Cyber Charter Schools: Neoliberals Determined to Commodify More Students

The parasitic seizure of social wealth by the rich has intensified in recent years and promises to increase in 2021. While the stock market soars to artificial new heights, the productive sector of the economy continues to steadily disintegrate, leaving the financial oligarchy with fewer options to maximize profit over time. This in turn is causing the rich to engage in more stock market gambling, private lending, bankruptcies, and restructuring of the state in order to funnel more public funds into private hands (e.g., through more “public-private-partnerships”). As the law of a falling rate of profit invariably intensifies, the nexus between the rich and the state will become more critical to analyze in the months and years ahead. Left unchallenged, state-organized corruption to pay the rich will be strengthened well beyond 2021, leaving society, the economy, and the environment worse off, and making it harder for the New to emerge.

In the sphere of education, given the increased obsession with technology and screen-based instruction, the rich are more aggressively striving to seize public funds, impose user fees, and maximize profits through a dramatic expansion of “virtual learning,” especially through cyber charter schools, which have consistently low graduation rates and are regarded by many as a scam. The rich are extremely eager to commodify as many students as possible, at home and abroad. To be sure, the charter school phenomenon is reducing more and more students, parents, and teachers to fend-for-yourself consumers entangled in commodity logic, which in turn degrades the integrity of human relationships and lowers the level of education. It is bad news for education, society, the economy, and nation-building. Even the staunchest supporters of screen-based instruction admit that the in-person classroom experience is superior to buffered digital learning where one sits for endless hours behind a screen gradually developing a range of health problems. For nearly a year, students, educators, and parents have complained about how counterproductive, restrictive, and inferior screen-based learning is. Many say that it is isolating, alienating, and a far cry from the rich organic human connections that developed naturally and spontaneously before the “COVID Pandemic.”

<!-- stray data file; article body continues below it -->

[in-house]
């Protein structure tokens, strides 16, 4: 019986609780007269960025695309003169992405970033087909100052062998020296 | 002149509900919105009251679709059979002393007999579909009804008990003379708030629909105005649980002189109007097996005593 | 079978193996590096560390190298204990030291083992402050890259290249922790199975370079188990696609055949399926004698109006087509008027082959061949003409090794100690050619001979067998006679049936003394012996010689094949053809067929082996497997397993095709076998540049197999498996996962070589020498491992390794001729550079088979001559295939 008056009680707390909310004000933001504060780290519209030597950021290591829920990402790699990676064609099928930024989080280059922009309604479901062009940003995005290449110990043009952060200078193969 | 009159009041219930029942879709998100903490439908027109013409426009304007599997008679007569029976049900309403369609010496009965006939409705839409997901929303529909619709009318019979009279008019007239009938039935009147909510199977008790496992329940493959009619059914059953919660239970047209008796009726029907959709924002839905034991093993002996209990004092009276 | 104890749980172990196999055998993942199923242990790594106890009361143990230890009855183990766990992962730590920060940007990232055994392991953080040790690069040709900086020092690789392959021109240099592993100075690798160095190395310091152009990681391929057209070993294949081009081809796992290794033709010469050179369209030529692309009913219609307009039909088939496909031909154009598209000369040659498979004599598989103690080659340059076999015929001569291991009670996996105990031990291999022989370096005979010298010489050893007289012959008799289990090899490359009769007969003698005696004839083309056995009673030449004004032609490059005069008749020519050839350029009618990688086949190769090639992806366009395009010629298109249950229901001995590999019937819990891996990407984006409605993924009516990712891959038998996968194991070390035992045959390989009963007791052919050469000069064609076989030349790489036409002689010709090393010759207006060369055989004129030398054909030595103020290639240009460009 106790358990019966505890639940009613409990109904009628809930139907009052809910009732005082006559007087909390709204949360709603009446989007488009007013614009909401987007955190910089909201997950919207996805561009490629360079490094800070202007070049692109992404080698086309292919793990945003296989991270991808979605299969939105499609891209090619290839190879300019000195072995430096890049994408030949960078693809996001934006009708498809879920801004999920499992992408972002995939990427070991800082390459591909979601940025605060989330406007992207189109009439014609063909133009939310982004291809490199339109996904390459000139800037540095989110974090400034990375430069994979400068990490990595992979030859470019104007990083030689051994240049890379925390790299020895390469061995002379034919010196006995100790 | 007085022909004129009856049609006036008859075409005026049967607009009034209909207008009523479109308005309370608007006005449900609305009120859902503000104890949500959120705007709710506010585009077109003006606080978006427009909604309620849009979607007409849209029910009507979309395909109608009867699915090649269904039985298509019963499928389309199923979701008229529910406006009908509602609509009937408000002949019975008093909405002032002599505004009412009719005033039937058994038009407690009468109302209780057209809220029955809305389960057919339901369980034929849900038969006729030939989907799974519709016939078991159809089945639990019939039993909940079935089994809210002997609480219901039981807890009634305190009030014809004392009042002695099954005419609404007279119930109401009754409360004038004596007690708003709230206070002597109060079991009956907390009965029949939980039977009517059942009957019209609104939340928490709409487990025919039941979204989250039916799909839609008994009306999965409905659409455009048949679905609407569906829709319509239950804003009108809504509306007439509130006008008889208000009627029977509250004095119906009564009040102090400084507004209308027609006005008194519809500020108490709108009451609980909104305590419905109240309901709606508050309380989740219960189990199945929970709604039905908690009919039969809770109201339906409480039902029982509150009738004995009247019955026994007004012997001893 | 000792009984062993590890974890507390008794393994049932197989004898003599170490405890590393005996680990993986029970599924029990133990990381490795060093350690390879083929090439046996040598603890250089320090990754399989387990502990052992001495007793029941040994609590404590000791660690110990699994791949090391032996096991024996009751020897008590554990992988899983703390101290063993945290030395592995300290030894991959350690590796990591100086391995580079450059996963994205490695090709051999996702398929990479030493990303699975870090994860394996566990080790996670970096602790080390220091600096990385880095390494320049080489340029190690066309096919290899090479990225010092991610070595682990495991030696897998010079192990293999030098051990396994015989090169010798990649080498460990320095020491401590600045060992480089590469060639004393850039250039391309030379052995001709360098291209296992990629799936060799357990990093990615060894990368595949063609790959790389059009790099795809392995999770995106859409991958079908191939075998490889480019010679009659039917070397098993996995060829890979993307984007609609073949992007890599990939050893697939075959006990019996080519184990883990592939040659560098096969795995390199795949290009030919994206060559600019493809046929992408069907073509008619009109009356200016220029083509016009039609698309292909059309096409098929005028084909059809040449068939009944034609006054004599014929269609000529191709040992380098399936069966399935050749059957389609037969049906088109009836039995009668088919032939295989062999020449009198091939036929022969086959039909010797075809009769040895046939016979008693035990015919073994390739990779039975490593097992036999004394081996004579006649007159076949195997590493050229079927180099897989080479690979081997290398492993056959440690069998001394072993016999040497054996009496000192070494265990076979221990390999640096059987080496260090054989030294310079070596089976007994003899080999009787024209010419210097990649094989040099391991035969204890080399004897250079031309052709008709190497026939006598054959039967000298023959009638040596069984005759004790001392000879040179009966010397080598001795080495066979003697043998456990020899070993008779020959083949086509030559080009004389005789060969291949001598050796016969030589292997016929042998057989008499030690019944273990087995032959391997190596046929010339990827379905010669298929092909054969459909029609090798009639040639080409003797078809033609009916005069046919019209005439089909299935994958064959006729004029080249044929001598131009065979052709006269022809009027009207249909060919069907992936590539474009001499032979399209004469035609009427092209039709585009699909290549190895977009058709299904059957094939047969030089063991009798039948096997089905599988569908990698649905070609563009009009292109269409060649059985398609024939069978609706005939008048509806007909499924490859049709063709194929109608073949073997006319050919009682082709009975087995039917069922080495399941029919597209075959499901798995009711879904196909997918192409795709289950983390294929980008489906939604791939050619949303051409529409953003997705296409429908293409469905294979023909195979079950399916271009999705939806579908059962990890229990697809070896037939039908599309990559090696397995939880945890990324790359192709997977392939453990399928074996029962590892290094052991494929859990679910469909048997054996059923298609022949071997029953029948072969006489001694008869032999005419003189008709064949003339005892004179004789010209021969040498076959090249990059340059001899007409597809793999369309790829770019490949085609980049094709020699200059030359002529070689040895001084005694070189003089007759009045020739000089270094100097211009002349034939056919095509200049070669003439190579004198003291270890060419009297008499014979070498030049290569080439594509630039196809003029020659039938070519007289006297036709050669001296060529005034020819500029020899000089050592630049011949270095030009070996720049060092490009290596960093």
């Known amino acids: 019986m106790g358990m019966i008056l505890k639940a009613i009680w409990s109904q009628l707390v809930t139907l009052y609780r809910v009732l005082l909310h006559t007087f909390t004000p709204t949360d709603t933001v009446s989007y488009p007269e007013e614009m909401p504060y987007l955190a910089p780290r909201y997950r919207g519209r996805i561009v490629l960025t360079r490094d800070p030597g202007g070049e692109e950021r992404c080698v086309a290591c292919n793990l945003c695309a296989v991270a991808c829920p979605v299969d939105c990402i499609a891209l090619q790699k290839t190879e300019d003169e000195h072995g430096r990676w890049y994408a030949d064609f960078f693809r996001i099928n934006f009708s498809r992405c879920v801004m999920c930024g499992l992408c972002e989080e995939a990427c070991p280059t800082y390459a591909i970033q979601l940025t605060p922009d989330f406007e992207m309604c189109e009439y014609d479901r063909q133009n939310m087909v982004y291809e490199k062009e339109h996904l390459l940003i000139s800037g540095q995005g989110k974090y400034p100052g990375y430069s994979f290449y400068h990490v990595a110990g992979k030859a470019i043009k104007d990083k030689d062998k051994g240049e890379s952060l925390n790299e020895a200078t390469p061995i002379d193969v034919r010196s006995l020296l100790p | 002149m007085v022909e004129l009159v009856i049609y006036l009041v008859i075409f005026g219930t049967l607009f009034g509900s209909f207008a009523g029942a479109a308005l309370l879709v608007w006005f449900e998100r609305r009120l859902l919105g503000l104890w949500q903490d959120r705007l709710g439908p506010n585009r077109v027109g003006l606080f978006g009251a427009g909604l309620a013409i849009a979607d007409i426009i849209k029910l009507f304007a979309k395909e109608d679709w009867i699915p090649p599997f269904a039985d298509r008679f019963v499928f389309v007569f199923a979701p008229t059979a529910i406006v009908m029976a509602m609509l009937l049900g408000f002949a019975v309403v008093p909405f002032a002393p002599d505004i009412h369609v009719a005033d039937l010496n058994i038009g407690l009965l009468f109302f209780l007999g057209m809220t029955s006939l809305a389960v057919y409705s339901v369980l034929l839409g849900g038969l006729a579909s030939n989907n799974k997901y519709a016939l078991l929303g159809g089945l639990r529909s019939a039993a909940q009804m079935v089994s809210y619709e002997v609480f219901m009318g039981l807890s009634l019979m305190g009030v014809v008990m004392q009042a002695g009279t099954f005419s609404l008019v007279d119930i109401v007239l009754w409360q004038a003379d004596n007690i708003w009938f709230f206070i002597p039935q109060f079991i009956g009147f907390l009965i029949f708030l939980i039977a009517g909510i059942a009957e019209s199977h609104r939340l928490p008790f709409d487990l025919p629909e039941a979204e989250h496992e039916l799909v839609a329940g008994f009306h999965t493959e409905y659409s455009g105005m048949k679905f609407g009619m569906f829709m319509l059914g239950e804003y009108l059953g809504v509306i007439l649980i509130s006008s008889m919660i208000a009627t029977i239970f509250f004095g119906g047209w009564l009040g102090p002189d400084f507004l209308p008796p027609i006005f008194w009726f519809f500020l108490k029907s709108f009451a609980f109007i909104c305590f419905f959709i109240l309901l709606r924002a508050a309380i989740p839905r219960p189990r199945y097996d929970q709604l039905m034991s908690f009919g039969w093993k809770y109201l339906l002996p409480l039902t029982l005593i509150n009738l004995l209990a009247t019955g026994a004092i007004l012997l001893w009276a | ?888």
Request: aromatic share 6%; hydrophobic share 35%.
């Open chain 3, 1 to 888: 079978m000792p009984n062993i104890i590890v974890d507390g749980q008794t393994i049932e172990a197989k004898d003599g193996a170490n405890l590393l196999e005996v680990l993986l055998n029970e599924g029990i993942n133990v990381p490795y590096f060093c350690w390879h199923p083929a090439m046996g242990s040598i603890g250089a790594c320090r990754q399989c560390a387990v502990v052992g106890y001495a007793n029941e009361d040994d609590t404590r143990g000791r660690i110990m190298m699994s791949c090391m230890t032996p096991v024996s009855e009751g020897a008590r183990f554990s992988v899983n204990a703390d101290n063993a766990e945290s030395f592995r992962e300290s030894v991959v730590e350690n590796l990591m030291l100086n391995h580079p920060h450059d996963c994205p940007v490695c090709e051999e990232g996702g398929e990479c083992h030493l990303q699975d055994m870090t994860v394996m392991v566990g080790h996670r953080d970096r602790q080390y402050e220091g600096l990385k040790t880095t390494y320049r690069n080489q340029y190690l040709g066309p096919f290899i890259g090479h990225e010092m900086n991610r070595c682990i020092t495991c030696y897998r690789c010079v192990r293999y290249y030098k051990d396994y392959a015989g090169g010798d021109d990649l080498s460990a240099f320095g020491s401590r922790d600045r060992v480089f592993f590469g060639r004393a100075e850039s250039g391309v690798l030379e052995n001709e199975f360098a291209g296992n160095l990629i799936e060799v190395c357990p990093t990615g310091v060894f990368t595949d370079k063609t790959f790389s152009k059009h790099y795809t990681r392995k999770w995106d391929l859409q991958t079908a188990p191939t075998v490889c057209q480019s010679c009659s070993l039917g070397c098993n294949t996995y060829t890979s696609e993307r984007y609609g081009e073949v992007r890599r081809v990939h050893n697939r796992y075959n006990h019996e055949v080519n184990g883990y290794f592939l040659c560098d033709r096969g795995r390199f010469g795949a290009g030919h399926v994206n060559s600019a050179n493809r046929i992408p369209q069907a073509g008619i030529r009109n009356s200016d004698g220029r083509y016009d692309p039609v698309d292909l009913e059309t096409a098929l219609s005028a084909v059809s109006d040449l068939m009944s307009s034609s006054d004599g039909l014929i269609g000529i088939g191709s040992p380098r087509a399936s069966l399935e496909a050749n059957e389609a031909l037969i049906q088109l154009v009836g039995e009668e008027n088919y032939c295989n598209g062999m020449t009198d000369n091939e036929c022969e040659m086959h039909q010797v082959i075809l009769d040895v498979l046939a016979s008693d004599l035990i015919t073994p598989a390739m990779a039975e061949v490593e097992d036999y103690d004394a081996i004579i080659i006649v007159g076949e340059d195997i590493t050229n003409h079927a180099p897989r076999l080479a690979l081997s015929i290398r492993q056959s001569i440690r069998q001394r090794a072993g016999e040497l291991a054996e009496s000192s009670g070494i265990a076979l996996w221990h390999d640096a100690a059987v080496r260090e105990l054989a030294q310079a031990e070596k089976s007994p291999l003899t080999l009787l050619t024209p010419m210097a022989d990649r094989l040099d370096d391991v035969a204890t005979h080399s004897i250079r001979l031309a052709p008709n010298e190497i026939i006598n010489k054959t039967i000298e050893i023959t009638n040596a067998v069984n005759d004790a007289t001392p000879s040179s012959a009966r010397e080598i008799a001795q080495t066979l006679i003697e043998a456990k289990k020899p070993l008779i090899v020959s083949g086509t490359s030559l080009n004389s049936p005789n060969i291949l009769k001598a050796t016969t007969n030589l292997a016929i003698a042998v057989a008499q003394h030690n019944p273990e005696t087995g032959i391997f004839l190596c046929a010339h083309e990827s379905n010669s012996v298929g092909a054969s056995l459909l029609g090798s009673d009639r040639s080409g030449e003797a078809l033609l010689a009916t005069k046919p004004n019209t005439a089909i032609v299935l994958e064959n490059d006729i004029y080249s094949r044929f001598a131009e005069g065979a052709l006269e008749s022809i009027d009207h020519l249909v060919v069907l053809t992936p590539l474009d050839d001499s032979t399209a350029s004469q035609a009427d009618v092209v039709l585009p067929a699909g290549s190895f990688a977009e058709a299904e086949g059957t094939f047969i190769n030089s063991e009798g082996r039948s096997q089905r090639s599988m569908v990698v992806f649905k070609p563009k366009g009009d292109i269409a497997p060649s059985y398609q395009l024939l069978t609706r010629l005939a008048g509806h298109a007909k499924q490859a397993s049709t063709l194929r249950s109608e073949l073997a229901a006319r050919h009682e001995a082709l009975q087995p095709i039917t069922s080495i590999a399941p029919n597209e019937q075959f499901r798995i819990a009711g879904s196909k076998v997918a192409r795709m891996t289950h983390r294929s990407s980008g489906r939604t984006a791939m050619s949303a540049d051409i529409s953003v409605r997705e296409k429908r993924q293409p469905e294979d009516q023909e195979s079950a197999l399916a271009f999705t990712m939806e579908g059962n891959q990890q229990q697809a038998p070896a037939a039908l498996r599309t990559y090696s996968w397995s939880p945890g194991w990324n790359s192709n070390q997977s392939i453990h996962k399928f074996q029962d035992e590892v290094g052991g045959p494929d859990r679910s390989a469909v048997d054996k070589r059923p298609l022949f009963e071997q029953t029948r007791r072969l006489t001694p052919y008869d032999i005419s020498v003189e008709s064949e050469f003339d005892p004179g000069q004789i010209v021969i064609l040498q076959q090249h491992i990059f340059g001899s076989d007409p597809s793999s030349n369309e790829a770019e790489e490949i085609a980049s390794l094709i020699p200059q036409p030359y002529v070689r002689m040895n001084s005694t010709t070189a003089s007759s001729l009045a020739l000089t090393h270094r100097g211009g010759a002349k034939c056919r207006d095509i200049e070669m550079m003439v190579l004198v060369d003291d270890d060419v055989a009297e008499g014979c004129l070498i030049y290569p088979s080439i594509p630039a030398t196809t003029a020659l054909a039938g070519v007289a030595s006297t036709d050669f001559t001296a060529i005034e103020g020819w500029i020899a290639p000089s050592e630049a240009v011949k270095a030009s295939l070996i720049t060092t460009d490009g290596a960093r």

The rich are energetically using the “COVID Pandemic” as a pretext to maximize profit in many ways. To this end, they have maximized the “fear virus” to pressure and compel parents to send their children to cyber charter schools. The intimate connection between fear and thought paralysis is critical to appreciate here because intense fear can stop reason, logic, and coherence instantly, giving rise to major cognitive distortions, which is dangerous for everyone. Today, the critical thinking faculties of many are overwhelmed by fear and paranoia. ((According to WebMD, the overall Covid-19 recovery rate is between 97% and 99.75%.))  Many parents naturally want what is safest for their children. That is normal. At the same time, one result will be a rude awakening for many parents who send their children to virtual charter schools. Many will experience firsthand the inferior educational experience provided by poor-performing virtual charter schools frequently mired in scandal.